When I was a teen-ager, my childhood best friend Pam’s mother used to tell me I should be a hand model. I admit I was blessed with beautiful hands: smooth and blemish-free with long, rock-hard nails that never chipped or split.
I maintain that my mom’s genes are behind my (relatively, for my age) minimally wrinkled and non-age-revealing skin. (Thanks, Mom!)
But these days and despite my good genes, my hands reflect my decades of sun worship. Even at my age, I still relish a nap in the searing sun, slathered with suntan oil. (Aahhhhh…wake me when the street lights come on!)
The good thing is that age spots (also called liver spots or solar lentigo), don’t itch or hurt, and may fade with time. They’re caused, like scars, as a response to skin injury: sun exposure or thin skin. The spots consist of skin pigment that gathers to the injury site as the body’s natural protection system, and the pigment may disperse after a period of time, just like a scab decomposes and flakes off as a cut heals.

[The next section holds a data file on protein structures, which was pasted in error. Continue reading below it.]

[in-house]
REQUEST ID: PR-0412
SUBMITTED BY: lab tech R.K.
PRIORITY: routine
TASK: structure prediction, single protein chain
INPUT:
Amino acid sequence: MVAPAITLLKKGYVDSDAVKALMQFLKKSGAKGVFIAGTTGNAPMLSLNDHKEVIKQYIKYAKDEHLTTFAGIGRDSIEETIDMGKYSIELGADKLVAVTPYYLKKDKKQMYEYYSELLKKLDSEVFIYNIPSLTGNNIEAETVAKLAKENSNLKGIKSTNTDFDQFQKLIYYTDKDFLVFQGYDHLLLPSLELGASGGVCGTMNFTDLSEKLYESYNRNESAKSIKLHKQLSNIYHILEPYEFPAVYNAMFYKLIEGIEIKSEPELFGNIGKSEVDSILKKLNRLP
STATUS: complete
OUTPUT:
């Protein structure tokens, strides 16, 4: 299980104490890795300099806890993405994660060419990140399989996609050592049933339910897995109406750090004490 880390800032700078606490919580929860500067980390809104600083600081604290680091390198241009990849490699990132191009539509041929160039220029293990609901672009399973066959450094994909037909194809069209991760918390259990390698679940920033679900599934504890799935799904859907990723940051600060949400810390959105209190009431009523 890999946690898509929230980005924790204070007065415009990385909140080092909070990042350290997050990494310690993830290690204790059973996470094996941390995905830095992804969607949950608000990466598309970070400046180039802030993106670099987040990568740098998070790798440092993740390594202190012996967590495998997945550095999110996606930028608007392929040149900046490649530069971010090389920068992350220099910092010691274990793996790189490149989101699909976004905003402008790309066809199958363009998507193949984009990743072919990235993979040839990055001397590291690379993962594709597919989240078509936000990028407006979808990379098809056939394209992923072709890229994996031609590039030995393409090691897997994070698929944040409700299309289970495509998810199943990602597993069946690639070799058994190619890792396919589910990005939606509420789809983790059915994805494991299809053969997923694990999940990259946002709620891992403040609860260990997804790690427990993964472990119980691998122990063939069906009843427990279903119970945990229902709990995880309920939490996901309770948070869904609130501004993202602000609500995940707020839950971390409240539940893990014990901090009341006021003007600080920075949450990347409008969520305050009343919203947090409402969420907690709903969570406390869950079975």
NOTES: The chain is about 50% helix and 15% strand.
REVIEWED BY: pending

The bad thing is, if we’re damaging our skin and our genes predispose us to it, we can develop skin cancer in response to the damage we inflict on our skin.
So it’s probably a good idea to play it safe and use that sunscreen whenever we’ll be exposed to the sun for extended periods. And if you’re concerned about a particular age spot or mole on your skin, have your doctor check it out.
Here’s an easy-to-remember formula of signs that you should pay attention to: the A, B, C, D & Es of melanoma:
- Border irregularities
- Colors or shades of skin that are different within the same mole
- Diameter greater than 6 millimeters (larger than a pencil eraser)
Also look for bleeding, crusting or numbness in this skin area.
It’s time I start acting my age and being kinder to my skin. 😉 How skin-friendly are you?